Wow. Not too much of that going on right now and sadly, no further access to the European Strategy that promotes empowerment as a powerful tool to support mental health either.


So, what can we do?

All we can do to support our own mental health within these times of oppression is manage the things we can at home. Now, don’t think I’ve gone all Boris on you and am about to preach the stay at home message. Those who know me will know that I’m more about getting out and getting the vitamin D to support our natural immunity (without coughing over other people obvs).

And on that note, here are my top suggestions – by the way, don’t feel pressure to do any of them!! This is about empowerment, finding what you can do in your life to feel slightly more in control, less anxious, more empowered. Guilt about not doing stuff does not come into this, but if its approachable for you…

  • Try to lay off the booze* and get some exercise: many people are out of work or working from home and it’s tempting to have a beer or two in the evening as your boss can’t see you in the morning. But, alcohol is a depressant and will only provide a short-term fix as well as unwanted weight gain.
  • Exercise on the other hand, creates natural endorphins and we are still allowed to exercise outside, so get that vitamin D at the same time. Which brings me on to…
  • Take some vitamins: these may support your natural immunity and recent studies are showing that deficiencies in these nutrients are linked to long-Covid: Vitamin D, Vitamin C, magnesium and zinc. Vitamin D we get from sunlight, so try to go short-sleeved if you can for at least 20 mins a day outside when it’s sunny. The others are easily and cheaply got from food, but I choose to supplement all 4 of those nutrients to maintain therapeutic levels.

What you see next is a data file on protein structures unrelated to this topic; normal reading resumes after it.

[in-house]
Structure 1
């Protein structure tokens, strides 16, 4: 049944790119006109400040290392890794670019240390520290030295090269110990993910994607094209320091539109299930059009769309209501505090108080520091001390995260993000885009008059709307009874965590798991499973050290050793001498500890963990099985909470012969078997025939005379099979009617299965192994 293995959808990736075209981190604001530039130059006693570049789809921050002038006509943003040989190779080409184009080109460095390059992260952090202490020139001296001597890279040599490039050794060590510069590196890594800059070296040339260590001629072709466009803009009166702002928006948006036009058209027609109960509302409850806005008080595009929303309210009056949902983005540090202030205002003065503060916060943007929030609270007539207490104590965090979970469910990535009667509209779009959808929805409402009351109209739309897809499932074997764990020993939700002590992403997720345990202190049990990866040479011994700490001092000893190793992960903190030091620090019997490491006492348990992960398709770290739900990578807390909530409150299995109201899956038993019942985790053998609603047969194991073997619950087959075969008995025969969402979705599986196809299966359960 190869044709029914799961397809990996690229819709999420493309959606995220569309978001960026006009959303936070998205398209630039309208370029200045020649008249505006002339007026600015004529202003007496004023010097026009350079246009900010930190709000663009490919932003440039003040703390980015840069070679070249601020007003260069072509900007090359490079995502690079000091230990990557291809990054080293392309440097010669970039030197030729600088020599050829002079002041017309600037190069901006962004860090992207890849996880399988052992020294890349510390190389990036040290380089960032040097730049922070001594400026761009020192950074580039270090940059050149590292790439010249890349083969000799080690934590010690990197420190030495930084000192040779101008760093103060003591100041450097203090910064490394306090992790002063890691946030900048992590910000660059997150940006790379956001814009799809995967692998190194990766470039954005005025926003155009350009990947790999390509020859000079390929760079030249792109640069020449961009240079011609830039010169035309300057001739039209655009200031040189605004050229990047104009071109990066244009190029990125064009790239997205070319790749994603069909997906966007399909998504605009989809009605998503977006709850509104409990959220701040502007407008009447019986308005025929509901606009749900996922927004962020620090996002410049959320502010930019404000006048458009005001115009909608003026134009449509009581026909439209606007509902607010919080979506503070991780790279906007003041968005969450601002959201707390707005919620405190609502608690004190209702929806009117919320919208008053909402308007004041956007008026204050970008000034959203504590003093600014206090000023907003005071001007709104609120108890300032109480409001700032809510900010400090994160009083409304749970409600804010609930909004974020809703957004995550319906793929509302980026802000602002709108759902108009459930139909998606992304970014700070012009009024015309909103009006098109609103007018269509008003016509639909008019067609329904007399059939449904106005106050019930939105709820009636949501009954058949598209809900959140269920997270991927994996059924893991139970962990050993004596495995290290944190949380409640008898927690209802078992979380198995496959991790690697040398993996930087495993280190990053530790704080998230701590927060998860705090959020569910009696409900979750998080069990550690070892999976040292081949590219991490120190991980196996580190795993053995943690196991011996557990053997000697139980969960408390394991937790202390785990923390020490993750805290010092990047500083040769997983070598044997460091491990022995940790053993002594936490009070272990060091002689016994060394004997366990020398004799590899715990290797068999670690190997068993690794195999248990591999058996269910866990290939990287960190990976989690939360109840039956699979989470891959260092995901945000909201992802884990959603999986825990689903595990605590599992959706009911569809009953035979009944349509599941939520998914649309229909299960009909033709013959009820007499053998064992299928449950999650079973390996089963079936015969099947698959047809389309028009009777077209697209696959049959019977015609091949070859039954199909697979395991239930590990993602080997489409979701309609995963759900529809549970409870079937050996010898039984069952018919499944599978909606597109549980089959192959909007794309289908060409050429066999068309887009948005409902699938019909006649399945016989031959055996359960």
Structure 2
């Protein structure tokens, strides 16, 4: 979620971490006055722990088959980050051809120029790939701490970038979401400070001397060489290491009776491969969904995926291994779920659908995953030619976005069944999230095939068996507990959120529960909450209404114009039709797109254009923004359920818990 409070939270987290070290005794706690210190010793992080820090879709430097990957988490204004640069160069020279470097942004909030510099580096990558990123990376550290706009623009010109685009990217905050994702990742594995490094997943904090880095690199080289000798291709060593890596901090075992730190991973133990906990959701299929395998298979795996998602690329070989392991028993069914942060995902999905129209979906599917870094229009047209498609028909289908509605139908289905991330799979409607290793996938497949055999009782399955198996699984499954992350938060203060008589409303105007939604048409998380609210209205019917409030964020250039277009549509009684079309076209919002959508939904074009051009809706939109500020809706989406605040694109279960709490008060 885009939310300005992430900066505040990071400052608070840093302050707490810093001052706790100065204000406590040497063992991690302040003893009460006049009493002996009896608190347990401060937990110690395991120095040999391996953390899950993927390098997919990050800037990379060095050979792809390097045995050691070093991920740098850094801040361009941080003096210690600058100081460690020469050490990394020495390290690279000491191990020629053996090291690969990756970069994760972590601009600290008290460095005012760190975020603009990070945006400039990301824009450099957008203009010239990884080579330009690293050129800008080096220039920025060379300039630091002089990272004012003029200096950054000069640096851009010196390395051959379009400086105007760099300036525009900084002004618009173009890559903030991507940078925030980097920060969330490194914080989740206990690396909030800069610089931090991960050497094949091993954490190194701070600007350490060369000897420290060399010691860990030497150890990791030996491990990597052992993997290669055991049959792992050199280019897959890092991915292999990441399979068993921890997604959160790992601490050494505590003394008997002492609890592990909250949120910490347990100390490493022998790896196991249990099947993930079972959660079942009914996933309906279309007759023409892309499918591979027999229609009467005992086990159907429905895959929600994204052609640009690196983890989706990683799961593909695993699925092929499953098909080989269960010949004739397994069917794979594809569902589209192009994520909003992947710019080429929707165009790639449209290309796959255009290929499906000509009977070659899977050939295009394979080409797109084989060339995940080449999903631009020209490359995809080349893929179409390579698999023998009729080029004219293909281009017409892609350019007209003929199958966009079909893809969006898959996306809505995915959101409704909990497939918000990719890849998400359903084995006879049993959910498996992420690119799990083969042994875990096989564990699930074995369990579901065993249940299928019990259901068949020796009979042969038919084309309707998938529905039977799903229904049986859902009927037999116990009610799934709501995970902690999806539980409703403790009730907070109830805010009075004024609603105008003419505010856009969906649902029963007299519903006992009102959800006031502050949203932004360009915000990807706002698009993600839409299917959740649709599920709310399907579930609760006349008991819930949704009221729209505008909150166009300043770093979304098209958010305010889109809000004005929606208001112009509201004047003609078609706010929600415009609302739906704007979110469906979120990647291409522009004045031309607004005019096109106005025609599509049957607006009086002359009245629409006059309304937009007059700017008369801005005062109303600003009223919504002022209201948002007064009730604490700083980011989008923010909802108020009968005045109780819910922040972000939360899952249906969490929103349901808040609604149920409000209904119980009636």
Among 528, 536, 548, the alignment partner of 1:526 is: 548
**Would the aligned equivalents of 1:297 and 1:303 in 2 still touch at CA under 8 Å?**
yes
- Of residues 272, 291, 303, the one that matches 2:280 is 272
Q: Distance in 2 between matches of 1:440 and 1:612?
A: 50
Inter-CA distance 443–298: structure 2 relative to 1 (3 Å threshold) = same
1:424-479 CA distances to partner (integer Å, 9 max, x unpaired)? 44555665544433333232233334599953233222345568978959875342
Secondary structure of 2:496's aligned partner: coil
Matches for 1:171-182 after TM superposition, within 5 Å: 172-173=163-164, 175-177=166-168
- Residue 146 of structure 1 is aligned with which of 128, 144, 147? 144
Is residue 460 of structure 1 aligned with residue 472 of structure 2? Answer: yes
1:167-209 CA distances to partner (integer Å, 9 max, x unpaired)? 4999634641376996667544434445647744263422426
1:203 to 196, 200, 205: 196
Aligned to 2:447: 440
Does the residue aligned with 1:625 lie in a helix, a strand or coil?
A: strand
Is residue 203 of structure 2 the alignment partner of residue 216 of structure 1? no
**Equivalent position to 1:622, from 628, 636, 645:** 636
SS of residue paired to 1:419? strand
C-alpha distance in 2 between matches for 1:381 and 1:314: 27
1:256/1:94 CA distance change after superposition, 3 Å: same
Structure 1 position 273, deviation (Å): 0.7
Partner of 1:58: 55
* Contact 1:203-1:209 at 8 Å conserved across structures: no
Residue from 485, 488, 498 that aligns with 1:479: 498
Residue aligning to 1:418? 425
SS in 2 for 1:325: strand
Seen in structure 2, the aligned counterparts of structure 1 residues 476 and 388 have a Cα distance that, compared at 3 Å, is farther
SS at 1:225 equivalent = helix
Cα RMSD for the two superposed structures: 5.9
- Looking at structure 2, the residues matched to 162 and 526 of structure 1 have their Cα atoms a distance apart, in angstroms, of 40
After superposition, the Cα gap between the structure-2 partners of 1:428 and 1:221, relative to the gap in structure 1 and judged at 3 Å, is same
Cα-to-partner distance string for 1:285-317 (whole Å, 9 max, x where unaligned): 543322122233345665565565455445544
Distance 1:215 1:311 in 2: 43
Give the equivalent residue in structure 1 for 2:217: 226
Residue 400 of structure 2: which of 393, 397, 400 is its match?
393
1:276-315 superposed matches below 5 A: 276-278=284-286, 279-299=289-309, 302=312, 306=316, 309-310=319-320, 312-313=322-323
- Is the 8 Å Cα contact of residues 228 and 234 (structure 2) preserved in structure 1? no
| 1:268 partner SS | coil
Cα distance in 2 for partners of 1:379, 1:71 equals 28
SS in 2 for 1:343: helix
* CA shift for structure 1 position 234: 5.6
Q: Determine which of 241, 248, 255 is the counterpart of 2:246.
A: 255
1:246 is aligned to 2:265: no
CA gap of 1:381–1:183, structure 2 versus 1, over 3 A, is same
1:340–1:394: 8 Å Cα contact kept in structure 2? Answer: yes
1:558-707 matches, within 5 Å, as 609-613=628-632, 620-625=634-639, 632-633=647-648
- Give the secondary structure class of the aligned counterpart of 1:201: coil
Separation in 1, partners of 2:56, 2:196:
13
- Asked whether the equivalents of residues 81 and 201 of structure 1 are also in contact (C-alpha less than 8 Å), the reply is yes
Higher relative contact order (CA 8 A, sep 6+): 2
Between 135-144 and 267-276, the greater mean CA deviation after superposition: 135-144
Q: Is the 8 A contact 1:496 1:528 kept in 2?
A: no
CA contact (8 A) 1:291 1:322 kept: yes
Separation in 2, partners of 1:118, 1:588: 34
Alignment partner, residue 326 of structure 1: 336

• If you choose to vaccinate, supporting your natural immunity will enable the vaccine to be more effective. Still take the vitamins, do not rely on the vaccination alone.
  • Take a blended approach to health, try to avoid polarised thinking (its less stressful) and be tolerant to those who feel differently to you (this also reduces stress).
  • Eat whole foods, mostly plant based, not too much*. Look at ingredients labels. If you can’t picture what an ingredient looks like that might be because it’s not actually food.
  • Don’t smoke*. Obviously.
  • Try to rest and relax when you can. Yoga, simple breathing exercises and sleep are all proven to reduce anxiety which can increase empowerment.
  • Maybe consider therapy. Either individual or for couples if your relationships are struggling. Be empowered at home.
  • Try to focus on what you can change, rather than despairing in what you cannot (I struggle with this one). Even if this is a small thing like clearing out a cupboard at home, weeding the garden, taking a walk it can make you feel a little better

But mostly, my message today is hang in there. Everything is cyclical and this cycle too will eventually end. Cycles of austerity, disease and civil unrest have come and then passed before throughout all history. As will this one. We will be able to move on and be the people we once were again. Until that time, just keep breathing, slow and steady.

Take care of yourselves x


*For support with addiction, anxiety, weight management, being healthy on low budget, immune support, nutrition or lifestyle concerns, please message me at


I can also signpost you to recommended therapists in Bristol and London.